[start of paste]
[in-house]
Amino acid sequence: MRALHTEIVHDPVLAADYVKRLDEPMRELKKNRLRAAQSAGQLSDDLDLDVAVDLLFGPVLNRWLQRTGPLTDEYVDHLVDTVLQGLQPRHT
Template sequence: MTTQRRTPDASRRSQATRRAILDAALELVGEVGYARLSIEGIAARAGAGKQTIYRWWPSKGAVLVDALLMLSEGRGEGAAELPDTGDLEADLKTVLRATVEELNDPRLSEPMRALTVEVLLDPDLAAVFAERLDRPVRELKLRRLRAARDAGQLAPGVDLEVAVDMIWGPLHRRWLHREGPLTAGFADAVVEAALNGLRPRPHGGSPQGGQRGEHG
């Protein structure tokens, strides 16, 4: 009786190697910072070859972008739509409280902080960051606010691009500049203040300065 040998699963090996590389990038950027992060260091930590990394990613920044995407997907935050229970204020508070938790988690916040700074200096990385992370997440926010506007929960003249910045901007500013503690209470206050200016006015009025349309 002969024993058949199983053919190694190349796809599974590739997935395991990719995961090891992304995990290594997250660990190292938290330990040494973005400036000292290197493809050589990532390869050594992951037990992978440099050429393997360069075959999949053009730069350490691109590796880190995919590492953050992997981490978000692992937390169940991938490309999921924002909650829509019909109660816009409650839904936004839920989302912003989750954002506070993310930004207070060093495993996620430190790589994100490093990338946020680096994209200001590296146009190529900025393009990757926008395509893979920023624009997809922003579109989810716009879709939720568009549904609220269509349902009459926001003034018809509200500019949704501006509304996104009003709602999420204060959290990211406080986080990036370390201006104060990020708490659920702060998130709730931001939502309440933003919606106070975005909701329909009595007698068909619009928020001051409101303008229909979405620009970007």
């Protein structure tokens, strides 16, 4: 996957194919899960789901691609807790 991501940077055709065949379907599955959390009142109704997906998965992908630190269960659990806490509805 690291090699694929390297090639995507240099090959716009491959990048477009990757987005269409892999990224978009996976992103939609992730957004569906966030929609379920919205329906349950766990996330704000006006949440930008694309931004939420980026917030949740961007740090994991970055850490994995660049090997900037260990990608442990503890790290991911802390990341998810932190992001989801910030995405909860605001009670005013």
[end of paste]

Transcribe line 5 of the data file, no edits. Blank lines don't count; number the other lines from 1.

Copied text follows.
């Protein structure tokens, strides 16, 4: 996957194919899960789901691609807790 991501940077055709065949379907599955959390009142109704997906998965992908630190269960659990806490509805 690291090699694929390297090639995507240099090959716009491959990048477009990757987005269409892999990224978009996976992103939609992730957004569906966030929609379920919205329906349950766990996330704000006006949440930008694309931004939420980026917030949740961007740090994991970055850490994995660049090997900037260990990608442990503890790290991911802390990341998810932190992001989801910030995405909860605001009670005013």